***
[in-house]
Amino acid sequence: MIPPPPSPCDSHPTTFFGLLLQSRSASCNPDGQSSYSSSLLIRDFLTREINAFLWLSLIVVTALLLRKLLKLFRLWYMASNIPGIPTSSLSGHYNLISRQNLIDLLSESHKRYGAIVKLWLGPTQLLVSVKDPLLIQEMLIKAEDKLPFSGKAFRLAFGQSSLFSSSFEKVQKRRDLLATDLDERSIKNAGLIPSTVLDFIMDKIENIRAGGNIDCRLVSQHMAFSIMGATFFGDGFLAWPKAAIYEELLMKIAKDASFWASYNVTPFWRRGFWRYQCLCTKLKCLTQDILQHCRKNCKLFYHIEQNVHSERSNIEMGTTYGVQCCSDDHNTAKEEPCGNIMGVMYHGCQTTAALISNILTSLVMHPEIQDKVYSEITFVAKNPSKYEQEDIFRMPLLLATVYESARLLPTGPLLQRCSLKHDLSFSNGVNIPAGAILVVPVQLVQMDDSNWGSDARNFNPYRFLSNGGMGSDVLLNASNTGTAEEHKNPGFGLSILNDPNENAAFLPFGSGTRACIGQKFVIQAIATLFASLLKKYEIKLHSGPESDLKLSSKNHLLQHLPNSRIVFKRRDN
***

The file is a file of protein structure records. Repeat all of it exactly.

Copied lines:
[in-house]
Amino acid sequence: MIPPPPSPCDSHPTTFFGLLLQSRSASCNPDGQSSYSSSLLIRDFLTREINAFLWLSLIVVTALLLRKLLKLFRLWYMASNIPGIPTSSLSGHYNLISRQNLIDLLSESHKRYGAIVKLWLGPTQLLVSVKDPLLIQEMLIKAEDKLPFSGKAFRLAFGQSSLFSSSFEKVQKRRDLLATDLDERSIKNAGLIPSTVLDFIMDKIENIRAGGNIDCRLVSQHMAFSIMGATFFGDGFLAWPKAAIYEELLMKIAKDASFWASYNVTPFWRRGFWRYQCLCTKLKCLTQDILQHCRKNCKLFYHIEQNVHSERSNIEMGTTYGVQCCSDDHNTAKEEPCGNIMGVMYHGCQTTAALISNILTSLVMHPEIQDKVYSEITFVAKNPSKYEQEDIFRMPLLLATVYESARLLPTGPLLQRCSLKHDLSFSNGVNIPAGAILVVPVQLVQMDDSNWGSDARNFNPYRFLSNGGMGSDVLLNASNTGTAEEHKNPGFGLSILNDPNENAAFLPFGSGTRACIGQKFVIQAIATLFASLLKKYEIKLHSGPESDLKLSSKNHLLQHLPNSRIVFKRRDN